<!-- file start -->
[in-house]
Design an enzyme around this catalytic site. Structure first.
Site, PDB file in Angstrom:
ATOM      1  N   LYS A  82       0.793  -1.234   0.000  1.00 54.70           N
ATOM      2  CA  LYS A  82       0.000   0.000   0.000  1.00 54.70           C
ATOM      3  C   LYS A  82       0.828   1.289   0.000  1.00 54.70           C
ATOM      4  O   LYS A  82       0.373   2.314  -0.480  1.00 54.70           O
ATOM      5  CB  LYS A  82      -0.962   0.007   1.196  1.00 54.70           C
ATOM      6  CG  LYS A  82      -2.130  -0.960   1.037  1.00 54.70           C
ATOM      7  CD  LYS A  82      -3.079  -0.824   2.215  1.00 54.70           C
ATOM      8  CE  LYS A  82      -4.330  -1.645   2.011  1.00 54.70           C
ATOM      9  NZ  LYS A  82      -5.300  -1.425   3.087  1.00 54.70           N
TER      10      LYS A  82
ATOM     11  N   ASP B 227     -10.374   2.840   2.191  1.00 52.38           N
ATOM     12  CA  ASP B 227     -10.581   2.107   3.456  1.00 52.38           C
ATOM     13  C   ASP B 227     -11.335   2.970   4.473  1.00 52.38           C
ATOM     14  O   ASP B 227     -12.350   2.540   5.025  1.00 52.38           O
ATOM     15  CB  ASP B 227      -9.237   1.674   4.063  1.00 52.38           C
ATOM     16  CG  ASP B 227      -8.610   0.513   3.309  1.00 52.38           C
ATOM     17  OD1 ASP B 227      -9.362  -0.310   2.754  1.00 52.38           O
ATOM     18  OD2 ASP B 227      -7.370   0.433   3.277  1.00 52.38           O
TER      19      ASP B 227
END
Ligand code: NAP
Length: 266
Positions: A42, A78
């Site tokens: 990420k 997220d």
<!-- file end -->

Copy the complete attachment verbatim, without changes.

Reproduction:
[in-house]
Design an enzyme around this catalytic site. Structure first.
Site, PDB file in Angstrom:
ATOM      1  N   LYS A  82       0.793  -1.234   0.000  1.00 54.70           N
ATOM      2  CA  LYS A  82       0.000   0.000   0.000  1.00 54.70           C
ATOM      3  C   LYS A  82       0.828   1.289   0.000  1.00 54.70           C
ATOM      4  O   LYS A  82       0.373   2.314  -0.480  1.00 54.70           O
ATOM      5  CB  LYS A  82      -0.962   0.007   1.196  1.00 54.70           C
ATOM      6  CG  LYS A  82      -2.130  -0.960   1.037  1.00 54.70           C
ATOM      7  CD  LYS A  82      -3.079  -0.824   2.215  1.00 54.70           C
ATOM      8  CE  LYS A  82      -4.330  -1.645   2.011  1.00 54.70           C
ATOM      9  NZ  LYS A  82      -5.300  -1.425   3.087  1.00 54.70           N
TER      10      LYS A  82
ATOM     11  N   ASP B 227     -10.374   2.840   2.191  1.00 52.38           N
ATOM     12  CA  ASP B 227     -10.581   2.107   3.456  1.00 52.38           C
ATOM     13  C   ASP B 227     -11.335   2.970   4.473  1.00 52.38           C
ATOM     14  O   ASP B 227     -12.350   2.540   5.025  1.00 52.38           O
ATOM     15  CB  ASP B 227      -9.237   1.674   4.063  1.00 52.38           C
ATOM     16  CG  ASP B 227      -8.610   0.513   3.309  1.00 52.38           C
ATOM     17  OD1 ASP B 227      -9.362  -0.310   2.754  1.00 52.38           O
ATOM     18  OD2 ASP B 227      -7.370   0.433   3.277  1.00 52.38           O
TER      19      ASP B 227
END
Ligand code: NAP
Length: 266
Positions: A42, A78
């Site tokens: 990420k 997220d």